How China Kicked Our Asses in Africa

Photo and post inspired from London School of Economics Africa Blog, 
Africa and China: How it all began

What I'm doing with Fair Trade Recycling is perfect.  It's appropriate technology, it gives Africans affordable internet, and the repair jobs which pay too little to do in the USA create 10 times the per hour wages for Africa.  It's the "tinkerer blessing", the opposite of the Resource Curse.

Thanks for the Business, Uncle Sam
It seeds and creates and pays for an appropriate technology recycling system.  While only 15% of imports of used equipment are bad (Wal-Mart returns are 11%), paying for the proper disassembly and recycling of incidental breakage, elective upgraded parts, etc. creates a recycling infrastructure.

In Retroworks de Mexico, that creates a "computers for clunkers" trade in program where the ones they refurbish for resale can be exchanged for the domestic-generated e-waste.  That's the system already in Africa, people trade in the ten year old ones for more recently imported and upgraded, which is the link between the importers and Agbogbloshie.  BAN and Greenpeace and Interpol would have known this if they'd given Souleymane, Wahab, Hamdy, Somda or Miguel the courtesy of a discussion rather than just profile them as "waste tourists".

USA would be smart to be selling the repair and working display devices etc. to Africa.  We create more income and more jobs through reuse.  We cannot afford to have an idiotic 48 cent per pound California-destroy-all SB20 system.

USA has former Peace Corps volunteers like me, African immigrants like Wahab and Souleymane, and a history as a melting pot which our biggest competitors - China, Japan and South Korea - didn't have.

10 Most Toxic African E-Waste Recycling Processes

UNEP Study:  The Dangerous 15%

"Risks and Opportunities of E-Waste"
("BAN-shes, cullet, aqua-regia... Oh My.")

Again, it's too bad that UNEP gave "Opportunity" second billing.  I suspect it keeps peace with the OEMs they are fawning over, papers over the embarrassing assumptions about "waste tourists" and "African criminals", and slowly re-acclimates us to the fact the glass is about 85% full.

There is indeed risk.  Not as much as mining, or dry cleaning, but the Center for Disease Control and OSHA do have rules.  Africa needs to gather the CDC and OSHA rules, as Retroworks de Mexico has done.  We all need to prioritize risks and benefits, and do so without hysterics.  Fair Trade Recycling doesn't want to be apologist for toxics.

So let's talk about the toxic risks.  What are the most dangerous recycling processes for e-waste in Africa, India, etc?  How do these compare with, say, dry cleaning, painting, or automobile repair?

At the Pan-African Congress WR3A is attending this month in Nairobi, the deal on the table is the same as Product Stewardship in California... stop import/exports in return for OEM money to recycle.

Africans would stop importing newer material, enforce "e-waste" planned obsolescence laws, and in return Europe will pay them top dollar for a cocktail recipe of sea container scrap... printed circuit boards, power supply, copper, and other scrap.   Something Europe would have paid for anyway, without any such anti-reuse compromise.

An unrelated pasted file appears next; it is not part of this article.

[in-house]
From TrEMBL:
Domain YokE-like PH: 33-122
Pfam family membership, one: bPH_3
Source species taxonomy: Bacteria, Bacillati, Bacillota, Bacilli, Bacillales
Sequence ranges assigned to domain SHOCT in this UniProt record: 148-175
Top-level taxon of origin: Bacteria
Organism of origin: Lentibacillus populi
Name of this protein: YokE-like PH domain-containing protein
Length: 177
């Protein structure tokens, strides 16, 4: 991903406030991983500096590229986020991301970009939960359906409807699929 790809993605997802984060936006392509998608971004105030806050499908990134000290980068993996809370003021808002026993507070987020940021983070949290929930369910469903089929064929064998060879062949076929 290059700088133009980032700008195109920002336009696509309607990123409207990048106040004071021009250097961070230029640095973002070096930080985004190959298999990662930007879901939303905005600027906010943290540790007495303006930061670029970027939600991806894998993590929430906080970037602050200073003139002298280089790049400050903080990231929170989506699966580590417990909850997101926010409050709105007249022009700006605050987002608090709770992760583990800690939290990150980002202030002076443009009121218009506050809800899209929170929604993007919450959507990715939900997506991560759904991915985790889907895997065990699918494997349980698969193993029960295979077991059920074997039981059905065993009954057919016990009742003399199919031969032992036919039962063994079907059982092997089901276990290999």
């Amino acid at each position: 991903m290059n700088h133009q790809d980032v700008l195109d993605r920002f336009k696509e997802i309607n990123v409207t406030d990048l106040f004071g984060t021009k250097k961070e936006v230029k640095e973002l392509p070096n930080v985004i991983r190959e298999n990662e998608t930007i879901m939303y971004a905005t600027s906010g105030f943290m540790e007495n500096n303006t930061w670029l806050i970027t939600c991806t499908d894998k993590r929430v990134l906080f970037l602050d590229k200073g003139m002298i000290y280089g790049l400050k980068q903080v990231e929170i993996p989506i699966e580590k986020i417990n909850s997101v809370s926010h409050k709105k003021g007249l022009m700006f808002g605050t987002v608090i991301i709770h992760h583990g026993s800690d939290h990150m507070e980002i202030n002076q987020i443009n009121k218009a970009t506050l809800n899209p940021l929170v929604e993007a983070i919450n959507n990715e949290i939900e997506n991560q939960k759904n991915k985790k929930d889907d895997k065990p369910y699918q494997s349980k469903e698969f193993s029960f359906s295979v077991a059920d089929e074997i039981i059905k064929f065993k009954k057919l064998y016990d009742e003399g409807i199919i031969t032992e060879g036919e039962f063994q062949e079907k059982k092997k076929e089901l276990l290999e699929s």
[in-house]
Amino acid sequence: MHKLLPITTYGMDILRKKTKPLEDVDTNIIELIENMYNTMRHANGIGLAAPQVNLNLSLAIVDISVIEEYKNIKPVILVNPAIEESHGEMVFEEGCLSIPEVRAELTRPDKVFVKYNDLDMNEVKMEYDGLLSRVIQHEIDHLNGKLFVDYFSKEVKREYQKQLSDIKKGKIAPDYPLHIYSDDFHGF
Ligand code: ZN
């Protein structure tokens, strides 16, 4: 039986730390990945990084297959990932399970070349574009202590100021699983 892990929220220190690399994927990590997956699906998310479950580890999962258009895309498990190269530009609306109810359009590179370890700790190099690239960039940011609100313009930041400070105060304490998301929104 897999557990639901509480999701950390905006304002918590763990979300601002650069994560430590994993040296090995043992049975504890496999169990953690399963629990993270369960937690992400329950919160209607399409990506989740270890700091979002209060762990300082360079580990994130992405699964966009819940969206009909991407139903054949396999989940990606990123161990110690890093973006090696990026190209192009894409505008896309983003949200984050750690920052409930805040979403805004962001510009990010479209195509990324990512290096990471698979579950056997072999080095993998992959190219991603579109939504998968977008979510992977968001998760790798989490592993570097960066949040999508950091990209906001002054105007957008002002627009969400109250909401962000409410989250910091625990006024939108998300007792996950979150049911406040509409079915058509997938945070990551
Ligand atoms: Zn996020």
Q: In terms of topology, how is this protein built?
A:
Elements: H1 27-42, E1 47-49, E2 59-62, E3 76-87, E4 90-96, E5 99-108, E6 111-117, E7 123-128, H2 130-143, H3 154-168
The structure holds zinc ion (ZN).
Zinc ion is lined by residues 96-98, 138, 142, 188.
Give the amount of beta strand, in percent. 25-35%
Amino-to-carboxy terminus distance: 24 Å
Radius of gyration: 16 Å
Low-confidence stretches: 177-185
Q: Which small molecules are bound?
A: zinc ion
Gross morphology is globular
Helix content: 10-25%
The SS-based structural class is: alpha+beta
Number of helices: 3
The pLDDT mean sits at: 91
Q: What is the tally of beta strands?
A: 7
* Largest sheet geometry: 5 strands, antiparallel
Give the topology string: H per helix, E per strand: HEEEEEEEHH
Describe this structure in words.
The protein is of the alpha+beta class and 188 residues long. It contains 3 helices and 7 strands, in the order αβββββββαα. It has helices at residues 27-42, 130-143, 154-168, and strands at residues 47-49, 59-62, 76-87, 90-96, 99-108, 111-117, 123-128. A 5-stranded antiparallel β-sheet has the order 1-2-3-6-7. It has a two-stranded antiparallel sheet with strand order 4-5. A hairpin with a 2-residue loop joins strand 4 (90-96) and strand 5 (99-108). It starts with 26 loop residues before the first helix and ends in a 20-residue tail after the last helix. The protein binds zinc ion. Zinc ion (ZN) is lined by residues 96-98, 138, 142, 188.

Let's look at the 9 or 10 very worst e-waste processes in Africa, and whether Africans can fix those themselves, on their own terms, before taking OEM devil deals.  Mining the metals like lead and coltan for the OEMs produces most of the harm in Africa.

Top 10 E-Waste Recycling Toxic Concerns for Africa:

ODM - Opportunity is in the Wind

First, here is a May 2010 film from Financial Times, which was done during the wave of 10 suicides at Foxconn (Han Hoi) in Shenzhen (click "MORE")

Playing Nice With "eWaste" Geeks

I sort of get wound up sometimes.  I really believe in Fair Trade Recycling, and it's really sad that our biggest opponents are "environmentalists".  This post is dedicated as a reminder of some of the people I've been very, very proud to have met in developing nations.  See my friends pictures, below the "more" fold.

Simon Lin, Wistron chairman
Photo Simon Lin, Wistron chairman
Photo credit: Digitimes file photo
What is a shame is that I have no slides of, or friends in, Chengdu, China.  It's just a little bit smaller than Cairo, with 14 million residents.  It's in Western China, which has lagged in development.

How is China trying to develop and advance this part of their country?  By partnering with Wistron, (the contract assembly company that owns ACER, number 2 in world PC sales).   The mainland Chinese government has turned once again to a Taiwanese billionaire with "tinkerer" roots.   Wistron began as a maker of plastic cases for computer monitors, and continues to supply SKD factories.  I'm sure there will be Western pessimism about Wistron and environmental stewardship, as there is with Foxconn and other Taiwanese-owned manufacturers.  But do they know that Wistron is also opening a major plastic recycling plant in Texas?  In fact, Wistron funds my company to collect computers from schools, free of charge, in New England.